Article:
Elsner’s talk is entitled, “When Should We Speak About Israel and What Should We Say? American Jews and the Two-State Solution.” J Street – with over 180,000 supporters nationwide and a Rabbinic Cabinet of over 700 – identifies itself as the political home for pro-Israel, pro-peace Americans to advocate for U.S. leadership to achieve a two-state solution to the Israeli-Palestinian conflict and to broaden debate around Israel and the Middle East in national politics and the American Jewish community.

Temple Sinai nor its Brotherhood endorse any organizations that take political positions on Israel. However, we do strongly believe that our synagogue should be a center of dialogue for the various voices within the Jewish community when it comes to Israel and the Middle East. It is our mission as a synagogue to educate our members about Israel and to build a deeper connection between our members and the Jewish State.

This is the first in a series of Brotherhood Breakfasts on American Jewish political perspectives on the US-Israel relationship.

Shabbat Shalom,

Friday, November 1, 2013


Dear Friends,

I hope this Shabbat finds you well and enjoying the remnants of your Halloween candy.

Halloween today is a fun children’s holiday, harmless, for the most part, except to our waist-lines. But, its roots go back 2000 years to the ancient Celts, who lived in Ireland, England and northern France, and celebrated a festival called Samhain (pron “sah-win”) on the evening of October 31,, the night before their New Year. The day marked the end of the summer harvest and the beginning of the dark, cold winter. With the growing season coming to an end it was a time associated with death. The Celts believed that on the night before their New Year the boundary between the worlds of the living and the dead became blurred and that ghosts of the dead returned to earth.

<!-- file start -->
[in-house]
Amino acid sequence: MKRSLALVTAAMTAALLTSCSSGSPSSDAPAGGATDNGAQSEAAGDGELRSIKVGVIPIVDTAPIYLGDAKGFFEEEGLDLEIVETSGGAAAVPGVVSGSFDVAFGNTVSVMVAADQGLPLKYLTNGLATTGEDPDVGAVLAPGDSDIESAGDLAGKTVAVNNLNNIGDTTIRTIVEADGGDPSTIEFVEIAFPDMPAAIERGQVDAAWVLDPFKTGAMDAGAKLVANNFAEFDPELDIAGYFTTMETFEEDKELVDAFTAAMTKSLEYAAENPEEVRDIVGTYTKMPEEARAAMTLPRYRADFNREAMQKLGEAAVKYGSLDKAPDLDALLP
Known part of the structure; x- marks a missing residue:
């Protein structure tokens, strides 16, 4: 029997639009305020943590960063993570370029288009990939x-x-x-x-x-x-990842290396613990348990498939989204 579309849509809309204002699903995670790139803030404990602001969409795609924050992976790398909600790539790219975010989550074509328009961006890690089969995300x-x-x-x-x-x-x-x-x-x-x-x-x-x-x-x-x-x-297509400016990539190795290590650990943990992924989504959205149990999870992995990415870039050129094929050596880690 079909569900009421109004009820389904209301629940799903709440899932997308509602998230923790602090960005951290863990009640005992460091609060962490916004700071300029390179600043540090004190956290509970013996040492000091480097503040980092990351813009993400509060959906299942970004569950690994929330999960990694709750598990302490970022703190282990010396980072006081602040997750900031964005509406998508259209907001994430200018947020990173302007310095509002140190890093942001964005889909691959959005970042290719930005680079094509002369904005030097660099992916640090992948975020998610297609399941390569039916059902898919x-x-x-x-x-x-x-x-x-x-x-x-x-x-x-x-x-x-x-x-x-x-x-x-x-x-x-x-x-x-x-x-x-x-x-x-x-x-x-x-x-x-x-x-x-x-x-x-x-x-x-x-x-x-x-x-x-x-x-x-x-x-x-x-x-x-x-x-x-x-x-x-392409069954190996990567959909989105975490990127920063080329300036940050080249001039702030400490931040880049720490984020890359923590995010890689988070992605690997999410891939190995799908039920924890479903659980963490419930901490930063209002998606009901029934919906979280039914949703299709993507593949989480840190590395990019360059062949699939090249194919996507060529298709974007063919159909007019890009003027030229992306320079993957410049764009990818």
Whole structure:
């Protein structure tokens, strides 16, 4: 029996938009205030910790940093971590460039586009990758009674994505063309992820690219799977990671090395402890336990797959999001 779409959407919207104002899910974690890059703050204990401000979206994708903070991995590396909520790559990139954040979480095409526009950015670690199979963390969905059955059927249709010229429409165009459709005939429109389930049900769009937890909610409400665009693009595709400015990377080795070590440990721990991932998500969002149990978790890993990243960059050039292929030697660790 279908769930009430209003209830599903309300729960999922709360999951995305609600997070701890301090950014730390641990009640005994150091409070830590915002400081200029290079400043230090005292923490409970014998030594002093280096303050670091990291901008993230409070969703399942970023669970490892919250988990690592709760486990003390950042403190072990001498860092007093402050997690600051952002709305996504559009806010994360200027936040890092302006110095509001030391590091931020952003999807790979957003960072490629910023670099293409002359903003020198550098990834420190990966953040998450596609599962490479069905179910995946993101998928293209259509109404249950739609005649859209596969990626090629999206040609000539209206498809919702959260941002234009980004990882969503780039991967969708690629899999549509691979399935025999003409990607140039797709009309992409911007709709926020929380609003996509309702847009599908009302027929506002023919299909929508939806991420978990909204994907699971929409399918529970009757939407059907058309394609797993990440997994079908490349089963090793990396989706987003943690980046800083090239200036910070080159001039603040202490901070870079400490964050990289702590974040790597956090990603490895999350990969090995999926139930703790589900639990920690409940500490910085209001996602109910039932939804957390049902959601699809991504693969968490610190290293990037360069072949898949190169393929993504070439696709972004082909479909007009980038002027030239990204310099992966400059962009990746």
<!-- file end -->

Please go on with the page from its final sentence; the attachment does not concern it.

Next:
At about the same time that the ancient Celts developed their beliefs regarding death and the world beyond, we Jews began to develop our own notions of the afterlife. Those ideas shifted a number of times throughout our history, leaving us a rich and fascinating heritage about what happens to us after we die. I find that most Jews today are unaware of this and tend to associate the notion of life after death, of “heaven” and other ideas, with Christianity. In fact, the notion of life after death has been part of our tradition for many centuries, reaching back into antiquity before the arrival of Christianity.

I would like to invite you to join me for 4 evenings of learning and sharing on the topic of life after death, starting this Monday at 8:00 p.m. and continuing for each Monday night through the month of November. I look forward to hearing what you believe or don’t believe, what your experiences have been, as well as sharing some of the heritage that has come down to us through Jewish sources. The class is free; all you need to do is show up this Monday night and join us for what I hope to be an interesting and different kind of learning experience.

Shabbat Shalom,

p.s. Don’t forget Sinai Sessions tomorrow night at 8:00!